There are three big myths surrounding the requirements of sustainable, purposeful exercise and good, supportive nutrition. And like a mythological dragon protecting a castle, these myths may be keeping you from your goals.
Myth #1: You need inspiration to practice.
Myth #2: You need motivation to practice.
Myth #3: “Professionals” are always motivated to practice.
On occasion, I blow a client’s mind when I share with him or her that I’m not always motivated. (Whaaa?)
The truth is, there’s no such thing as unwavering motivation.
When I was in college, I had two of the best training partners. The first was my roommate Jeff. When he graduated, it became Tim.
They were great for me (and I them, I hope). There were days where I just wasn’t feeling it. Yet, they were always there to get my butt into the gym.
But after I graduated, I went through a season (okay, seasons) where I relied on motivation as my training partner.
Motivation was (and still is) a lot like a cat—fickle and never around when you want him.
Some days he’d show up early before I even left for the gym. Some days he wouldn’t. Some days, without him, I’d still make it to the gym. Some days, without him, I wouldn’t. Somedays when I did manage to get to the gym without him, he’d show up. But some days he wouldn’t.
Motivation comes and goes. Some days he’s totally MIA.
Good news, though. It. Doesn’t. Matter.
You don’t need inspiration or motivation to follow through with your training and nutrition plans.
I no longer rely on inspiration or motivation. (Okay, most of the time I don’t rely on inspiration or motivation.) I instead rely on action.
I mentioned earlier that some days motivation would show up after I went to the gym, i.e., I acted. You don’t need inspiration or motivation to act. Action often comes before motivation.
But not only does it come before motivation; it often produces it. I’ll often be unmotivated before training, only to become motivated while training.
Have you ever experienced this? Have you ever gone on a walk or run, not because you necessarily wanted to, but because you thought it might do your brain and body good?
At first, you sorta just shuffle along, staring at the pavement six feet in front of you. (Is this just me?!)
After a few minutes, though, the joints start to loosen up. The “fog” in your brain begins to lift. Your stride lengthens. Your head stands taller.
Instead of taking from you, movement is actually giving to you! At this point, you may have solved all the world’s problems . . . or at least your own. (Not only have I become motivated while training, this motivation often carries over to the remainder of my day.)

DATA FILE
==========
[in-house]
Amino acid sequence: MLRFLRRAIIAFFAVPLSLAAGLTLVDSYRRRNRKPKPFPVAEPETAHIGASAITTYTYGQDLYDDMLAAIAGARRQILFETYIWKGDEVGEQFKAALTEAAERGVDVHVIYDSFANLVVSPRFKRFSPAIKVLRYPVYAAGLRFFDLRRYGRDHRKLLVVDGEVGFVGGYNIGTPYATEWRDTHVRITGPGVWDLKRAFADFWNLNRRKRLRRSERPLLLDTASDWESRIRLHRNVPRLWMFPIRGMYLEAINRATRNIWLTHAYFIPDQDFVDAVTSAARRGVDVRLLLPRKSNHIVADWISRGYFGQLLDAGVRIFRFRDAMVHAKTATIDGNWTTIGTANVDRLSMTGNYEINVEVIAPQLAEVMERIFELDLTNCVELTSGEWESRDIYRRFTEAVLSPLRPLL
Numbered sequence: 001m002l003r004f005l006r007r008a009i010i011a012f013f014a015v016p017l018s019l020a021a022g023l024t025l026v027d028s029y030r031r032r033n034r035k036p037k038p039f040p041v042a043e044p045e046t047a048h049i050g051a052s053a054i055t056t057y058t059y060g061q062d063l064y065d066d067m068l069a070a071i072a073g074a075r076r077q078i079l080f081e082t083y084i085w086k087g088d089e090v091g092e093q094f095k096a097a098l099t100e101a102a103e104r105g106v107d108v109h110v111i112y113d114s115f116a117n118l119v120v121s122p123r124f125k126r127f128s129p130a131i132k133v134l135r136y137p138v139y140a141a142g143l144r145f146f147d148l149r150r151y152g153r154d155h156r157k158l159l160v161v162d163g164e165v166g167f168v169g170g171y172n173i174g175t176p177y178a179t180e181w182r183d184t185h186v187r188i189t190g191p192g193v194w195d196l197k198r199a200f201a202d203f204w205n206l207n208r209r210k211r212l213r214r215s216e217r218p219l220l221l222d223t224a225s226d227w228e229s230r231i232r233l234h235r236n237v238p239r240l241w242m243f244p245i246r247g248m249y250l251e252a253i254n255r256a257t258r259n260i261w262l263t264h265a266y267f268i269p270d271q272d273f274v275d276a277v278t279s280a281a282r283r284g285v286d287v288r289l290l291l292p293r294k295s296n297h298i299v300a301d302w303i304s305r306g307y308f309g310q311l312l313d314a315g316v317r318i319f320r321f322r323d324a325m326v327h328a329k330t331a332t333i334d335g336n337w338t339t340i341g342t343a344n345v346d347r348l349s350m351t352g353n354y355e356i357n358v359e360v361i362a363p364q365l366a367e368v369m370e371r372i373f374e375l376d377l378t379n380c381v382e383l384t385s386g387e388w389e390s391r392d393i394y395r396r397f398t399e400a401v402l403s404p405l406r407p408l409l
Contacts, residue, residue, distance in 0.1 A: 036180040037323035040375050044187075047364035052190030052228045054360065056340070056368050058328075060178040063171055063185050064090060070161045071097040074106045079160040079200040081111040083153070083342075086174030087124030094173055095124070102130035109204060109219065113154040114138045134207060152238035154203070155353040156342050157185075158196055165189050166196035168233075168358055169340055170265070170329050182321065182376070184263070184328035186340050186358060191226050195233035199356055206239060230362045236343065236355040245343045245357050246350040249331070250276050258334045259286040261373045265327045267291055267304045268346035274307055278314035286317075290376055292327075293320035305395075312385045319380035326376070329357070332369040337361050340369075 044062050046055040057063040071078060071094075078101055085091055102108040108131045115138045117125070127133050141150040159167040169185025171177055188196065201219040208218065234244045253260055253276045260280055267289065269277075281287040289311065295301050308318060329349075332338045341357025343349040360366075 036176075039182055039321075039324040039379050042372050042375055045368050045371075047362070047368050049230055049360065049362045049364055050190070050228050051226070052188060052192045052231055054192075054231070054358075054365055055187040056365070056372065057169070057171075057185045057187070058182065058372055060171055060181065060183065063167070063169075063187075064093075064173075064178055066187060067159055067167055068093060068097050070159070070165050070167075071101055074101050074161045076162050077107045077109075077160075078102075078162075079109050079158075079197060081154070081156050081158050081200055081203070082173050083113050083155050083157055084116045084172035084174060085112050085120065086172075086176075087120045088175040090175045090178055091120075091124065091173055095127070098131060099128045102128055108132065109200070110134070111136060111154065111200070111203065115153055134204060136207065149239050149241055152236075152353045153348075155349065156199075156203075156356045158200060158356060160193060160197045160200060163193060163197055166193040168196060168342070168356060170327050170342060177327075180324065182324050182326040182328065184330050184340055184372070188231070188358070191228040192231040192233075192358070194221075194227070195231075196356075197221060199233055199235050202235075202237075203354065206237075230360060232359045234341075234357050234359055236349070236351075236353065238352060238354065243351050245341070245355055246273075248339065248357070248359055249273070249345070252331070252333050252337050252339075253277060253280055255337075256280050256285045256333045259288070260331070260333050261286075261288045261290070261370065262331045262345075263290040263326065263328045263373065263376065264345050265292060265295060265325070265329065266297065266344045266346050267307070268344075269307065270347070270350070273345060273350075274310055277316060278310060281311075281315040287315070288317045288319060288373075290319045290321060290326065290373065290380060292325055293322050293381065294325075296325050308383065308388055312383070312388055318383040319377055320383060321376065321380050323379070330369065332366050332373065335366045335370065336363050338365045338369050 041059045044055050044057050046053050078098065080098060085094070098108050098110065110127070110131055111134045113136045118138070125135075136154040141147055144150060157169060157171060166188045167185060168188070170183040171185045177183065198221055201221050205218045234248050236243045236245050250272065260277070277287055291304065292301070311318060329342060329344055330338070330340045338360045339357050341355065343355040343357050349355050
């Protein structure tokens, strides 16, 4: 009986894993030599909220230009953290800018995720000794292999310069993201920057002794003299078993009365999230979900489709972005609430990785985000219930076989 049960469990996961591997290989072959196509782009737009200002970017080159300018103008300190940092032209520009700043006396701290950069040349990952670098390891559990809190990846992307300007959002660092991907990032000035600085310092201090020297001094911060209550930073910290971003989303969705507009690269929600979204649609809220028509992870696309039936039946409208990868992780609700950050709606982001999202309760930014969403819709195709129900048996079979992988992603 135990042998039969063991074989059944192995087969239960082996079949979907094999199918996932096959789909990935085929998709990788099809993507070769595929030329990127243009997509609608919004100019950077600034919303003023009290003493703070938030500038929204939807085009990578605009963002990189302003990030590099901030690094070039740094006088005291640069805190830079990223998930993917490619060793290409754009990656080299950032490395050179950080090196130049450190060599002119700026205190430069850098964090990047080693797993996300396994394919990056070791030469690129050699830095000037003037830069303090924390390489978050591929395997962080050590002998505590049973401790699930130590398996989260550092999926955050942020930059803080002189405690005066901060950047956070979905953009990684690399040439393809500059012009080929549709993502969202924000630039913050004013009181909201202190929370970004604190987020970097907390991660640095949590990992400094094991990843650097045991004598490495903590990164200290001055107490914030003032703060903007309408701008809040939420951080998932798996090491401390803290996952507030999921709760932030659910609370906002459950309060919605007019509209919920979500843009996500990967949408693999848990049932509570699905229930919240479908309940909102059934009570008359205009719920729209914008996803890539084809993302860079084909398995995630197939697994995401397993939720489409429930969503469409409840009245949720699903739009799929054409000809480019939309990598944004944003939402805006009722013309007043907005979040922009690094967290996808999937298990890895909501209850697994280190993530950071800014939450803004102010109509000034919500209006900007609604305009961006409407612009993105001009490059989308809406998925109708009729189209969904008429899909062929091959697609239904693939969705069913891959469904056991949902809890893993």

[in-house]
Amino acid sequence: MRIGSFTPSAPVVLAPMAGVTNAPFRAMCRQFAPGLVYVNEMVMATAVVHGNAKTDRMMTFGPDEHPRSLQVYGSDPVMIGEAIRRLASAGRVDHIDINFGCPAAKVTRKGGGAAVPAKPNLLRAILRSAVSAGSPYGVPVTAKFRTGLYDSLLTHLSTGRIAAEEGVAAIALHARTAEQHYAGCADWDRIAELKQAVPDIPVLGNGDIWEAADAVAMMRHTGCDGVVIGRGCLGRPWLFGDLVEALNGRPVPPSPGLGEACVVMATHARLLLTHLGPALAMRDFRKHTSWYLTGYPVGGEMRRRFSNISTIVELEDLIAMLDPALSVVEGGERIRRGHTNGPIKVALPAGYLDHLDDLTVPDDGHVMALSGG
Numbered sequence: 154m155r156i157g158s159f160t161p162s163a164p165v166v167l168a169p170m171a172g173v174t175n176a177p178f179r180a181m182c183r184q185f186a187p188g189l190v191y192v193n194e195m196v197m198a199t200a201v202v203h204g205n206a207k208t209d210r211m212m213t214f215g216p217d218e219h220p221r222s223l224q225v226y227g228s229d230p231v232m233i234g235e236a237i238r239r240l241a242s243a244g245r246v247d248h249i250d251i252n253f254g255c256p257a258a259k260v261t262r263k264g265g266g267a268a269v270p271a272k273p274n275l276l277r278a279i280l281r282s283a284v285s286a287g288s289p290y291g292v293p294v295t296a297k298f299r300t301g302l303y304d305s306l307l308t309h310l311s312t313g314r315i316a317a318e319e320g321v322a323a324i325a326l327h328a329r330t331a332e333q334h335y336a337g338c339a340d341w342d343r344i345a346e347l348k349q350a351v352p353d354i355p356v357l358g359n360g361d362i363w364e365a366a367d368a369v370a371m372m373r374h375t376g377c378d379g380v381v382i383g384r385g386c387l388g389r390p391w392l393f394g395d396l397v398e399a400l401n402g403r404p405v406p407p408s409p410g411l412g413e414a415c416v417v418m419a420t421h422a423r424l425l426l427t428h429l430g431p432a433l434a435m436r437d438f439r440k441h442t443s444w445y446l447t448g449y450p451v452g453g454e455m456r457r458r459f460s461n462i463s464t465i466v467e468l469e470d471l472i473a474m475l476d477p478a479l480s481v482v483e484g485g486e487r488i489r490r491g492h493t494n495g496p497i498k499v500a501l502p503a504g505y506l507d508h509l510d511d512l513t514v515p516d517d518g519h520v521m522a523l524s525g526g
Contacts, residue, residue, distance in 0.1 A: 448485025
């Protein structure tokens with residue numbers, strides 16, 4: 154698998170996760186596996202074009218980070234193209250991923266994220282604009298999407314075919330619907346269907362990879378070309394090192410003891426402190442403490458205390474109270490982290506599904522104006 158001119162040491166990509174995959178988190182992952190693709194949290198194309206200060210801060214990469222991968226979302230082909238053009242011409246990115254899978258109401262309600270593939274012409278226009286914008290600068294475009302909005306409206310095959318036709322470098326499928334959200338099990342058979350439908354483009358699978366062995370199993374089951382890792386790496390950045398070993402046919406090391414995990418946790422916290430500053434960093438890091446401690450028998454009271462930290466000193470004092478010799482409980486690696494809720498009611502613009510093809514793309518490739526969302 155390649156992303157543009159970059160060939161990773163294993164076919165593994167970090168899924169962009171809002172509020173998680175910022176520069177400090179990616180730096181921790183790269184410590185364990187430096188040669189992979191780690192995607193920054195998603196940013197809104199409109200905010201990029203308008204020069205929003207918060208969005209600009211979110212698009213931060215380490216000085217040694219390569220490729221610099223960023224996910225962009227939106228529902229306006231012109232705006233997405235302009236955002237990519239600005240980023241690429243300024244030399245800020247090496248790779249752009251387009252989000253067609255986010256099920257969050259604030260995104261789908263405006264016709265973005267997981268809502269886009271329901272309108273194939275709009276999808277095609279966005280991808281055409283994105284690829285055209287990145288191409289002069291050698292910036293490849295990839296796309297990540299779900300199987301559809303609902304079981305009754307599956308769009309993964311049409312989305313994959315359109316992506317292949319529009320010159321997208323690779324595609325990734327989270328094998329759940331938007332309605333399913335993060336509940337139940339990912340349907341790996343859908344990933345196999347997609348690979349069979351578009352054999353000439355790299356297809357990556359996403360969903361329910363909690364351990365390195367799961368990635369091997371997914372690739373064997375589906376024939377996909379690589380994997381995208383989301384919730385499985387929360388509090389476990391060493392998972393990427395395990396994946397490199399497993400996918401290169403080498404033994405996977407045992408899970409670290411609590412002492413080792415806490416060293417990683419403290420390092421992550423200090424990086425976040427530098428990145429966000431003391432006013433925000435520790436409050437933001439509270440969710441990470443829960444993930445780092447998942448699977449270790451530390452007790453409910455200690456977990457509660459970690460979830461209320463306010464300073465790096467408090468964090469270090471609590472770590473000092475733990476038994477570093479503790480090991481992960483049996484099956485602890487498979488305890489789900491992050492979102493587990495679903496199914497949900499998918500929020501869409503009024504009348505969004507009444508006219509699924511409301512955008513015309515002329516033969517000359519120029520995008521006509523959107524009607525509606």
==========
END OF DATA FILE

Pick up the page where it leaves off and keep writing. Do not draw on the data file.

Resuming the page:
You acted first.
So, if we don’t rely on inspiration or motivation, what do we rely on?
Something that was taught to me by Precision Nutrition and I now teach to my clients are the “3 Ss”*:
Simply put, structure is organization. Structure ensures we get things done.
Have a daily and weekly routine that keeps you organized. Make healthy food accessible and unhealthy food inaccessible. Find a gym that’s on your way home from work.
In his book Atomic Habits: An Easy & Proven Way to Build Good Habits & Break Bad Ones, author James Clear writes, “You do not rise to the level of your goals. You fall to the level of your systems.”
Systems are the practices we use to make things happen.
At night, pack your gym bag for the next day. In the morning, make and pack your food for the day (to help ensure you don’t succumb to fast food or the vending machine). Have a training program to follow.
When I first started in this industry two decades ago, I seldom wrote down my training appointments with clients. You know what happened? I spent a lot of time apologizing to clients for missing our training appointments.
Do you schedule important appointments, meetings, and events? Do you attend those things? Likewise, book time for your training and nutrition.
Schedule your three days of strength training for Monday, Wednesday, and Friday for 5:30 p.m. at the gym on your way home from work. (Remember structure?) Schedule time for grocery shopping and food prep on Sunday.
Dispel the myths that are keeping you from your goals by taking control of your structures, systems, and scheduling. They’re a lot more predictable than inspiration and motivation.
*While serving in the military, I was also taught the “3 Ss”, but they were a different three.